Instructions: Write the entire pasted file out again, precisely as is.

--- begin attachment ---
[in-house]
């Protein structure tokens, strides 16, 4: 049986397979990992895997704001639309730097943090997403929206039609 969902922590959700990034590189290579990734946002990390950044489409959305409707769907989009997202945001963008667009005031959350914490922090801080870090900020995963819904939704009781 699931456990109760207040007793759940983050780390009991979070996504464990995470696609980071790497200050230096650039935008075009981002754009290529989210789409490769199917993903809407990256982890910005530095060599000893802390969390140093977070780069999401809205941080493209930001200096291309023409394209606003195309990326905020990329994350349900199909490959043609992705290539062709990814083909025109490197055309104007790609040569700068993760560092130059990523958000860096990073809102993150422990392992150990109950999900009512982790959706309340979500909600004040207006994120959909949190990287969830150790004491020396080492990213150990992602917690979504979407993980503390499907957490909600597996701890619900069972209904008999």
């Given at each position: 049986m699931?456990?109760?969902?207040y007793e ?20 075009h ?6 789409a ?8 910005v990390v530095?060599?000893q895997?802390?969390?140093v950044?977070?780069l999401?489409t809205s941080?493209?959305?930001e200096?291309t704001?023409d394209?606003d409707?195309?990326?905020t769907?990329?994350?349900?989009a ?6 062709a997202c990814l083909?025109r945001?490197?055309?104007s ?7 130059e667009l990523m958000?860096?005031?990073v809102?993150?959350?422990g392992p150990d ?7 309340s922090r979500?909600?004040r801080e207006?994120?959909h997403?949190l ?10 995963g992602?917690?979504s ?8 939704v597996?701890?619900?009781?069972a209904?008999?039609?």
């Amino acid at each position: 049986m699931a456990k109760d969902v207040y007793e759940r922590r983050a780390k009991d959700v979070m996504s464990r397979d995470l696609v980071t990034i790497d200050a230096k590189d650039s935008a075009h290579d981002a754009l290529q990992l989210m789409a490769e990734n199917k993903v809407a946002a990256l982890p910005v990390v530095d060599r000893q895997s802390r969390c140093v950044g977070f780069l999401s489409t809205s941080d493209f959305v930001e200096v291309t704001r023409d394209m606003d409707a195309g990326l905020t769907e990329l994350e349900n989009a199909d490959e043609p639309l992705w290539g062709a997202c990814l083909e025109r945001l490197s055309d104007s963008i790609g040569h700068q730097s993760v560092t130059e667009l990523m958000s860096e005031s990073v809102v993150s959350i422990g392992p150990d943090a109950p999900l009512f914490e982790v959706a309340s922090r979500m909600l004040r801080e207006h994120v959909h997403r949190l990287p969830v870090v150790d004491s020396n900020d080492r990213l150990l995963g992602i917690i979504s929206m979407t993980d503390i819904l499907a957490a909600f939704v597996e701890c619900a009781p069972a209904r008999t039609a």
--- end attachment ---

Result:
[in-house]
């Protein structure tokens, strides 16, 4: 049986397979990992895997704001639309730097943090997403929206039609 969902922590959700990034590189290579990734946002990390950044489409959305409707769907989009997202945001963008667009005031959350914490922090801080870090900020995963819904939704009781 699931456990109760207040007793759940983050780390009991979070996504464990995470696609980071790497200050230096650039935008075009981002754009290529989210789409490769199917993903809407990256982890910005530095060599000893802390969390140093977070780069999401809205941080493209930001200096291309023409394209606003195309990326905020990329994350349900199909490959043609992705290539062709990814083909025109490197055309104007790609040569700068993760560092130059990523958000860096990073809102993150422990392992150990109950999900009512982790959706309340979500909600004040207006994120959909949190990287969830150790004491020396080492990213150990992602917690979504979407993980503390499907957490909600597996701890619900069972209904008999």
């Given at each position: 049986m699931?456990?109760?969902?207040y007793e ?20 075009h ?6 789409a ?8 910005v990390v530095?060599?000893q895997?802390?969390?140093v950044?977070?780069l999401?489409t809205s941080?493209?959305?930001e200096?291309t704001?023409d394209?606003d409707?195309?990326?905020t769907?990329?994350?349900?989009a ?6 062709a997202c990814l083909?025109r945001?490197?055309?104007s ?7 130059e667009l990523m958000?860096?005031?990073v809102?993150?959350?422990g392992p150990d ?7 309340s922090r979500?909600?004040r801080e207006?994120?959909h997403?949190l ?10 995963g992602?917690?979504s ?8 939704v597996?701890?619900?009781?069972a209904?008999?039609?």
């Amino acid at each position: 049986m699931a456990k109760d969902v207040y007793e759940r922590r983050a780390k009991d959700v979070m996504s464990r397979d995470l696609v980071t990034i790497d200050a230096k590189d650039s935008a075009h290579d981002a754009l290529q990992l989210m789409a490769e990734n199917k993903v809407a946002a990256l982890p910005v990390v530095d060599r000893q895997s802390r969390c140093v950044g977070f780069l999401s489409t809205s941080d493209f959305v930001e200096v291309t704001r023409d394209m606003d409707a195309g990326l905020t769907e990329l994350e349900n989009a199909d490959e043609p639309l992705w290539g062709a997202c990814l083909e025109r945001l490197s055309d104007s963008i790609g040569h700068q730097s993760v560092t130059e667009l990523m958000s860096e005031s990073v809102v993150s959350i422990g392992p150990d943090a109950p999900l009512f914490e982790v959706a309340s922090r979500m909600l004040r801080e207006h994120v959909h997403r949190l990287p969830v870090v150790d004491s020396n900020d080492r990213l150990l995963g992602i917690i979504s929206m979407t993980d503390i819904l499907a957490a909600f939704v597996e701890c619900a009781p069972a209904r008999t039609a």